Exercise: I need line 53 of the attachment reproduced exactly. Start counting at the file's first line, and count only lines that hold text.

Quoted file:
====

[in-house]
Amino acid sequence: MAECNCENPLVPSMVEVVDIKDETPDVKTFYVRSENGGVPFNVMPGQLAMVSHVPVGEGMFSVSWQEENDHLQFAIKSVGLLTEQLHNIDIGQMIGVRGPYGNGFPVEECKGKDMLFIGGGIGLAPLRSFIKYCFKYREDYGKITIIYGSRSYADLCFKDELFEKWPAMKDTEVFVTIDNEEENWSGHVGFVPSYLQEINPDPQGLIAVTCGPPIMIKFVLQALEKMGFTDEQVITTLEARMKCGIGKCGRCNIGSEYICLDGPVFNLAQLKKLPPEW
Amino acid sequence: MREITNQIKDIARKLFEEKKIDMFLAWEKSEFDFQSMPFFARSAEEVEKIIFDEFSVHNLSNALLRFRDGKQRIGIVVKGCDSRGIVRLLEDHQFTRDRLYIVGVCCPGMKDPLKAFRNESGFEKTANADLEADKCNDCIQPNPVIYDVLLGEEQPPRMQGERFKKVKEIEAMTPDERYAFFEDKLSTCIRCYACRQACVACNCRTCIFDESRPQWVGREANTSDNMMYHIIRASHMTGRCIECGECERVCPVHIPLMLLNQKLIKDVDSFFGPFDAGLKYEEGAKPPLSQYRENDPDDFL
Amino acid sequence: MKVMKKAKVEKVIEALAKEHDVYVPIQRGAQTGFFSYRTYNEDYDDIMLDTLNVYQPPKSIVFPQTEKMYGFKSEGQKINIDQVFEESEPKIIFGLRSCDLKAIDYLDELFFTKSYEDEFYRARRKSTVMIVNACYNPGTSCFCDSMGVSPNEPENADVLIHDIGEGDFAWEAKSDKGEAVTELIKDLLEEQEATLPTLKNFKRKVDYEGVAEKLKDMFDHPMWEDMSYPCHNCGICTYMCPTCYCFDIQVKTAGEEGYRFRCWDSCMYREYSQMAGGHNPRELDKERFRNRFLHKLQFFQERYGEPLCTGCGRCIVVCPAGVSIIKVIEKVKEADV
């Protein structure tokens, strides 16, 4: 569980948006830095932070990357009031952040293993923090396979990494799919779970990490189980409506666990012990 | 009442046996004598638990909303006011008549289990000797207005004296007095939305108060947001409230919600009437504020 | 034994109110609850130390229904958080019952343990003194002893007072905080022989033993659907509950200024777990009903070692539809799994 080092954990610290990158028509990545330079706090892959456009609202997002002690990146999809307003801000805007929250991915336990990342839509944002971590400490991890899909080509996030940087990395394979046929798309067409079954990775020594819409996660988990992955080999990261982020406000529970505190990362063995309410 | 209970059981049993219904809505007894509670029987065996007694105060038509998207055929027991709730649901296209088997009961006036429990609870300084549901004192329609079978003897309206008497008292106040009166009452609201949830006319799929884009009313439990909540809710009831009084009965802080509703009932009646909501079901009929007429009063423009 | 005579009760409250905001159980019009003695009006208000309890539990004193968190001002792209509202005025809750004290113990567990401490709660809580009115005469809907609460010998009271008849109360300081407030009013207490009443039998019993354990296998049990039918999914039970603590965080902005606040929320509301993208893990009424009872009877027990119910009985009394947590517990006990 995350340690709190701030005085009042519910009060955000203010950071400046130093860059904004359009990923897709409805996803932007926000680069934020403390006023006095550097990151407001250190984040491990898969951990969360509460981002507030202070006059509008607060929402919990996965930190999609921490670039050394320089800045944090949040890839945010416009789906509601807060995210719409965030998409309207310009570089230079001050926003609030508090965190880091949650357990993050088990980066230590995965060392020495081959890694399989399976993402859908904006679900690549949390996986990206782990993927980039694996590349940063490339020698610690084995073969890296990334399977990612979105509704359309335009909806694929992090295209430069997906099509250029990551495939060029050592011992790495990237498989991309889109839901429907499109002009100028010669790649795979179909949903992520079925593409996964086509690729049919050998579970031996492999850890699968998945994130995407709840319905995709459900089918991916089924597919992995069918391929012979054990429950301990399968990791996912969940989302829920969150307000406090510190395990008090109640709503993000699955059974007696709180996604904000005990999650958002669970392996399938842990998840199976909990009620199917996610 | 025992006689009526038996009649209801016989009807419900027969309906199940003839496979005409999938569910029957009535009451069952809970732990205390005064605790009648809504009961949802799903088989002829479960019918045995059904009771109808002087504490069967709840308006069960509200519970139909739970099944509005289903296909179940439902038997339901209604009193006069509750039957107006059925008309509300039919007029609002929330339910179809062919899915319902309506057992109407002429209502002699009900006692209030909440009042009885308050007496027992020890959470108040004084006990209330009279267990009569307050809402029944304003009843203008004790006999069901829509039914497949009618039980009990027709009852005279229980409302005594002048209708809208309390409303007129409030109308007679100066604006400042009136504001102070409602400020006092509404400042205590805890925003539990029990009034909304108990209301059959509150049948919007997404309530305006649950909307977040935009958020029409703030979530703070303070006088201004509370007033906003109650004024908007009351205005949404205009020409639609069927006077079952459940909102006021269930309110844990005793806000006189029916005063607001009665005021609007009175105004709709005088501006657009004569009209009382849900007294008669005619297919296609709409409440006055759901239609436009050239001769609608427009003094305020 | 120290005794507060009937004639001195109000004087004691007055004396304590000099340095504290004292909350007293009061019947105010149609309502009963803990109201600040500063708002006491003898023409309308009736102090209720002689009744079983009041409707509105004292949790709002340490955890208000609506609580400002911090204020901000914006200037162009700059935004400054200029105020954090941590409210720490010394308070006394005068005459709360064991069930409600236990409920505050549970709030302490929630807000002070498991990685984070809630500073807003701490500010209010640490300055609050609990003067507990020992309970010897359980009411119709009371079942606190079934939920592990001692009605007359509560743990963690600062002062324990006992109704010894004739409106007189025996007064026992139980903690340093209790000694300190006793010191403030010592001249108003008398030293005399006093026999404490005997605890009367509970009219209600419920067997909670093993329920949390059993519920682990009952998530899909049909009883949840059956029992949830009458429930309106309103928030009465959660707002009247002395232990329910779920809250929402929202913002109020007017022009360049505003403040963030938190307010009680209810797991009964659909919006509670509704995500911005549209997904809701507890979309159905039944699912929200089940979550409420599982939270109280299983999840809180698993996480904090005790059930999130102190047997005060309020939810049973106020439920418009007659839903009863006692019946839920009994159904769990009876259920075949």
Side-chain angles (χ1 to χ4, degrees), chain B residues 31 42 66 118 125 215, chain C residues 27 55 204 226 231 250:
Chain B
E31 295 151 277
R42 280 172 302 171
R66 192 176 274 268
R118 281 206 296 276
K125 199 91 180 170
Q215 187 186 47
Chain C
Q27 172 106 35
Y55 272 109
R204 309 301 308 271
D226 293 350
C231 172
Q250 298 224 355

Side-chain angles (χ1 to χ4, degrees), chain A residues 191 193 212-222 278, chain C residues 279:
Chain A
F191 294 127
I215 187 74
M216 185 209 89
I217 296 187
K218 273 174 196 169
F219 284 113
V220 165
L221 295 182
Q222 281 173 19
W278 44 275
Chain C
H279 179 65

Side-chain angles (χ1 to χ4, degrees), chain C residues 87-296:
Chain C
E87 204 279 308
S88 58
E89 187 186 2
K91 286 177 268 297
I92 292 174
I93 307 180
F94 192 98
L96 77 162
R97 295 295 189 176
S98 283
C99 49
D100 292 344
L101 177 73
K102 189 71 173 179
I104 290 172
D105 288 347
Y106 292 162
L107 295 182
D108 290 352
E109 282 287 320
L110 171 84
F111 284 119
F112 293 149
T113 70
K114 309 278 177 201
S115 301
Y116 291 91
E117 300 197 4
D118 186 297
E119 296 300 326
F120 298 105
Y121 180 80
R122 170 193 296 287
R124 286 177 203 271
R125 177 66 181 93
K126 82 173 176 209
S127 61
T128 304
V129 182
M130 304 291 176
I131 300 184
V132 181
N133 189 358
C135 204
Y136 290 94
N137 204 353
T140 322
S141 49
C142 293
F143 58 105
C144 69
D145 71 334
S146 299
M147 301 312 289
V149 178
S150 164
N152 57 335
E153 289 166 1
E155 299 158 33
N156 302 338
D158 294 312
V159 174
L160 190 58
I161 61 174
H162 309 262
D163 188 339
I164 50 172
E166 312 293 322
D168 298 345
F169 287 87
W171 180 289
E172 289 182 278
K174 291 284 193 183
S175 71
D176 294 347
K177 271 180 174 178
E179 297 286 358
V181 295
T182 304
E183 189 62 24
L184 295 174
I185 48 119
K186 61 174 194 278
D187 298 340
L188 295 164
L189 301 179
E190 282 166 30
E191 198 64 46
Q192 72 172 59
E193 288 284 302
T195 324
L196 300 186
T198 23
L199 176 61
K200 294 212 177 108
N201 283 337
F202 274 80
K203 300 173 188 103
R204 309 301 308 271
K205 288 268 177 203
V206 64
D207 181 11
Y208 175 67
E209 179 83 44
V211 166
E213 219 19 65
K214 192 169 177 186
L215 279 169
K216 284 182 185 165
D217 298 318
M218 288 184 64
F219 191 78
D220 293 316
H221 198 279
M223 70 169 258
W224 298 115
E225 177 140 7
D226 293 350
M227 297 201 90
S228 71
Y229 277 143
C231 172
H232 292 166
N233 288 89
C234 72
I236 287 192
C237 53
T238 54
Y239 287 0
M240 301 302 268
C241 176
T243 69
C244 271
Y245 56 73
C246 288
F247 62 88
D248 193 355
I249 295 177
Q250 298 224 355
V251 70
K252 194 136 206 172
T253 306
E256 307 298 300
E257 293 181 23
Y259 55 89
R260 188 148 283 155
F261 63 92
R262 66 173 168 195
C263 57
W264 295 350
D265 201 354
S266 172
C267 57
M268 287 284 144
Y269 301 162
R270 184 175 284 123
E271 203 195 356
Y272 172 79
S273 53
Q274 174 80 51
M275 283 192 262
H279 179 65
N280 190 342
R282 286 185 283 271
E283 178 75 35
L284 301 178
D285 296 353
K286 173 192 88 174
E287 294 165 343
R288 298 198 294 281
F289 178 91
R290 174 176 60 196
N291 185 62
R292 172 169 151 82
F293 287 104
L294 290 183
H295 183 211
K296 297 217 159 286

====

Y106 292 162